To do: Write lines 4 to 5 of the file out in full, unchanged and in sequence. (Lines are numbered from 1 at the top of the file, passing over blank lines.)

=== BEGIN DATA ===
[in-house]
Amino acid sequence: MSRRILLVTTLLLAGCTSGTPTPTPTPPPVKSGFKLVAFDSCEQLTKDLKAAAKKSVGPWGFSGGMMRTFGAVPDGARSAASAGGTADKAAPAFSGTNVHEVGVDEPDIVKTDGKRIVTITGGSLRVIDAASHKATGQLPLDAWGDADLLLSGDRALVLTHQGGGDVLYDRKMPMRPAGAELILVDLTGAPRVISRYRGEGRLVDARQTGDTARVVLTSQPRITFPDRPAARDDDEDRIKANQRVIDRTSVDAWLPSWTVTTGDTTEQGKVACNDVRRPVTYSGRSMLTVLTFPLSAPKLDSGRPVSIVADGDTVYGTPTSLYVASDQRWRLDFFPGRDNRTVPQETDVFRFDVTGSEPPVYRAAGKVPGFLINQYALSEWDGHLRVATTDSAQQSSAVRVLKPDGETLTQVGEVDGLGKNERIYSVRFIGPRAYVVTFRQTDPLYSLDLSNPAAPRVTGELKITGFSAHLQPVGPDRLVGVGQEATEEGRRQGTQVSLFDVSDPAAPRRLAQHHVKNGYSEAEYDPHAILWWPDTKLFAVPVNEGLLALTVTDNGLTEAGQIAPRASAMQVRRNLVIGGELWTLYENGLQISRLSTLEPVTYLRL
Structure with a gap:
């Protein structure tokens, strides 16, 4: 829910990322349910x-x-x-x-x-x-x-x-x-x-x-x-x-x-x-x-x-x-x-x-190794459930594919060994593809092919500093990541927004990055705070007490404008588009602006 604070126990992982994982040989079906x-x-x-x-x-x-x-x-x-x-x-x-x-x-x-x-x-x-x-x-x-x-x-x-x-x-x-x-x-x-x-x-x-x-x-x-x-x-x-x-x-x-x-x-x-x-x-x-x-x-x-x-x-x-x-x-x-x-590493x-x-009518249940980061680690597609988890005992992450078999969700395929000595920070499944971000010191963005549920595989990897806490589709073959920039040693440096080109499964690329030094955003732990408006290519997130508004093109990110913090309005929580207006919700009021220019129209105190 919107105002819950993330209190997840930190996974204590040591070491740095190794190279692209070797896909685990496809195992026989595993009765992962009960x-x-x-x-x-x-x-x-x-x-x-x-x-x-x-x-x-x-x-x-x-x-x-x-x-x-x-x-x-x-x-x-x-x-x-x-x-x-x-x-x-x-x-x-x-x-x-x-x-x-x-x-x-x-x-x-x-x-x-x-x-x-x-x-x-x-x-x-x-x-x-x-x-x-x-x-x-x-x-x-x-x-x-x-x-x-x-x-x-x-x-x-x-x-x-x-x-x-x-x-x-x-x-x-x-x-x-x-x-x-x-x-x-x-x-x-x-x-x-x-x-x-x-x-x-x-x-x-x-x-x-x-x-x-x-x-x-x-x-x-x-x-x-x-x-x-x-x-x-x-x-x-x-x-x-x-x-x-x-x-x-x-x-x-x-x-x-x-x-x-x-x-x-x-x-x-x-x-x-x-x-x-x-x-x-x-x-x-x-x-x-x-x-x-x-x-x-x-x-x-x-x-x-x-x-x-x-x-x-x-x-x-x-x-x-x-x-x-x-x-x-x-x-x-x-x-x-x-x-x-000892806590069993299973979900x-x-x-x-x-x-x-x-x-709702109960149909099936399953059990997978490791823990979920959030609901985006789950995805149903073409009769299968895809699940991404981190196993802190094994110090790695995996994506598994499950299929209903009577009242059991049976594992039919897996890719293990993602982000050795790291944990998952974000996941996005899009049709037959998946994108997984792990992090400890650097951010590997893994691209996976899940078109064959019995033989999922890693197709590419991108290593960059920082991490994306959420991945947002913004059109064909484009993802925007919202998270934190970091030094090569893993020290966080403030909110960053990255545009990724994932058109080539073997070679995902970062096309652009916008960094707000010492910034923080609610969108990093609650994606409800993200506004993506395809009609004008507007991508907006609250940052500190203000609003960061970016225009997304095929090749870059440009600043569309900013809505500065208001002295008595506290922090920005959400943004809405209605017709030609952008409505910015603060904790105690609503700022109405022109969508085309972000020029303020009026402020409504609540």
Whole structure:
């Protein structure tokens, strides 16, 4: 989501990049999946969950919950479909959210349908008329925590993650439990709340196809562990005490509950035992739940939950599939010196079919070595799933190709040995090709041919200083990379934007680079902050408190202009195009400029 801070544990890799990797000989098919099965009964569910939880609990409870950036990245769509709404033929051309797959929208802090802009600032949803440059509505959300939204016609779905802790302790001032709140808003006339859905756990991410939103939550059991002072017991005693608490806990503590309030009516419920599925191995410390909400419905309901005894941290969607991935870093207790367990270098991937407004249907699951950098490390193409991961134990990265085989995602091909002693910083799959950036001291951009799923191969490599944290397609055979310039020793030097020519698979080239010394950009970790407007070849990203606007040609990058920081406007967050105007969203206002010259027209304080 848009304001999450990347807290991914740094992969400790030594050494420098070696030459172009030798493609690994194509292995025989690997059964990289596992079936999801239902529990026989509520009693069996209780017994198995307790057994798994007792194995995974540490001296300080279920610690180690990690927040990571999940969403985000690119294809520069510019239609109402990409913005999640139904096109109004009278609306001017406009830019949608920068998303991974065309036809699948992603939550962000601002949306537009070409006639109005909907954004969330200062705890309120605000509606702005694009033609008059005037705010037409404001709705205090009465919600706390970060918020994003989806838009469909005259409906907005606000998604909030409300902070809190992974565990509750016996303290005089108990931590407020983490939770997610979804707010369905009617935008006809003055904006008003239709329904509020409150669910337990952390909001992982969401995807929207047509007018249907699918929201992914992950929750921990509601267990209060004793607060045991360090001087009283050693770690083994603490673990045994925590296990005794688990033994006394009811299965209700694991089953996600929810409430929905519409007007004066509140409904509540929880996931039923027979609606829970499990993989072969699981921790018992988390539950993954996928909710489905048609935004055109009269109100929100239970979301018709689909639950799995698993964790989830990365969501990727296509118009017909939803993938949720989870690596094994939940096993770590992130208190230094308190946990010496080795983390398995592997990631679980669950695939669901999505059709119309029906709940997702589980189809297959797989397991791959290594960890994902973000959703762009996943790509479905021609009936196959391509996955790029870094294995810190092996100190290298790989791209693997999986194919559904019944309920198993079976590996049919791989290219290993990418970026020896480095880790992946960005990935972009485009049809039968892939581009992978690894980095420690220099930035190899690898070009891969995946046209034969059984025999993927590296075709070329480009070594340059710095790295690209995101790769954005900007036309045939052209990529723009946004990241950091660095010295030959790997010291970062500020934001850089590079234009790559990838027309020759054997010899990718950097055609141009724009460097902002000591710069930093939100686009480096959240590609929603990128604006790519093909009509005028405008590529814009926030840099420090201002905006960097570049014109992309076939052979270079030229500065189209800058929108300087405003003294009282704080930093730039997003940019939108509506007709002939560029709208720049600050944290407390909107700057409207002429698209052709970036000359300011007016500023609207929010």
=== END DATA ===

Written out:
């Protein structure tokens, strides 16, 4: 829910990322349910x-x-x-x-x-x-x-x-x-x-x-x-x-x-x-x-x-x-x-x-190794459930594919060994593809092919500093990541927004990055705070007490404008588009602006 604070126990992982994982040989079906x-x-x-x-x-x-x-x-x-x-x-x-x-x-x-x-x-x-x-x-x-x-x-x-x-x-x-x-x-x-x-x-x-x-x-x-x-x-x-x-x-x-x-x-x-x-x-x-x-x-x-x-x-x-x-x-x-x-590493x-x-009518249940980061680690597609988890005992992450078999969700395929000595920070499944971000010191963005549920595989990897806490589709073959920039040693440096080109499964690329030094955003732990408006290519997130508004093109990110913090309005929580207006919700009021220019129209105190 919107105002819950993330209190997840930190996974204590040591070491740095190794190279692209070797896909685990496809195992026989595993009765992962009960x-x-x-x-x-x-x-x-x-x-x-x-x-x-x-x-x-x-x-x-x-x-x-x-x-x-x-x-x-x-x-x-x-x-x-x-x-x-x-x-x-x-x-x-x-x-x-x-x-x-x-x-x-x-x-x-x-x-x-x-x-x-x-x-x-x-x-x-x-x-x-x-x-x-x-x-x-x-x-x-x-x-x-x-x-x-x-x-x-x-x-x-x-x-x-x-x-x-x-x-x-x-x-x-x-x-x-x-x-x-x-x-x-x-x-x-x-x-x-x-x-x-x-x-x-x-x-x-x-x-x-x-x-x-x-x-x-x-x-x-x-x-x-x-x-x-x-x-x-x-x-x-x-x-x-x-x-x-x-x-x-x-x-x-x-x-x-x-x-x-x-x-x-x-x-x-x-x-x-x-x-x-x-x-x-x-x-x-x-x-x-x-x-x-x-x-x-x-x-x-x-x-x-x-x-x-x-x-x-x-x-x-x-x-x-x-x-x-x-x-x-x-x-x-x-x-x-x-x-x-000892806590069993299973979900x-x-x-x-x-x-x-x-x-709702109960149909099936399953059990997978490791823990979920959030609901985006789950995805149903073409009769299968895809699940991404981190196993802190094994110090790695995996994506598994499950299929209903009577009242059991049976594992039919897996890719293990993602982000050795790291944990998952974000996941996005899009049709037959998946994108997984792990992090400890650097951010590997893994691209996976899940078109064959019995033989999922890693197709590419991108290593960059920082991490994306959420991945947002913004059109064909484009993802925007919202998270934190970091030094090569893993020290966080403030909110960053990255545009990724994932058109080539073997070679995902970062096309652009916008960094707000010492910034923080609610969108990093609650994606409800993200506004993506395809009609004008507007991508907006609250940052500190203000609003960061970016225009997304095929090749870059440009600043569309900013809505500065208001002295008595506290922090920005959400943004809405209605017709030609952008409505910015603060904790105690609503700022109405022109969508085309972000020029303020009026402020409504609540």
Whole structure: